Learning Log Out class week 12
[21 January 2011]
Why is it that many students who do not shine in school, may excel in extra curricular activities such as the visual arts, crafts, music, drama, dance, sports and may even become leaders in activities that are outside the law? Why is it that many youngsters at middle school find it increasingly difficult to achieve as learning becomes more abstract? And why is it that large numbers of students in special education classes are highly kinesthetic? Could it be that hands-on learning should be a critical part of education at every level?
Perhaps an anecdote about a young man we know might illustrate this point. From an early age he loved fishing, hiking, and exploring the wilderness; he taught himself many kinds of crafts including fly-tying, carving, and painting; he loved participating in projects of all kinds. However, he found it difficult to sit still in classrooms and did not shine academically. In his first year of high school, his parents were asked to come to school to meet with his math teacher who told them quite bluntly that their son should never take any more math. "Why how will he be equipped to go to college?" inquired the mother. The teacher replied, "You may have unreasonable expectations for your son!" Recognizing the gifts and strengths of their son, the parents found a tutor to help him through subsequent math classes and made sure that he found support and outlets for his interests and abilities.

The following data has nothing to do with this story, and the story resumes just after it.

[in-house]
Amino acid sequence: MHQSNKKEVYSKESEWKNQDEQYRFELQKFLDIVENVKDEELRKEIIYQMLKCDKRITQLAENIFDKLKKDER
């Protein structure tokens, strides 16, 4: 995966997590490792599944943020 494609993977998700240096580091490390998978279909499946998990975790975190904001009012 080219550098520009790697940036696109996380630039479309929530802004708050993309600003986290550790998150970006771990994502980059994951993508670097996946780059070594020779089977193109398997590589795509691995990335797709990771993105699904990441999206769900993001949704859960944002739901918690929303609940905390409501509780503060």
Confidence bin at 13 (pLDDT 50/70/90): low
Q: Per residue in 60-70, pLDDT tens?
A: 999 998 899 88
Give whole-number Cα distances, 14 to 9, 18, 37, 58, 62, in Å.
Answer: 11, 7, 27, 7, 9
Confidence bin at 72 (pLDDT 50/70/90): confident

What really made it possible for him to survive classroom instruction was that he found an after school internship with the fisheries department of a local university. The last two years of high school, he worked in a small construction company after school, and there, reading and math became not only more understandable but found application as he read construction manuals and used math on the job. In college he learned to fly, and all his visual-spatial and kinesthetic abilities meshed with math as essential survival skills. He was at the top of his college classes in physics and calculus, and has gone on to be a highly successful adult. For him, applied learning was critically important. For how many others, is applied learning the pathway to academic success and further successes throughout life?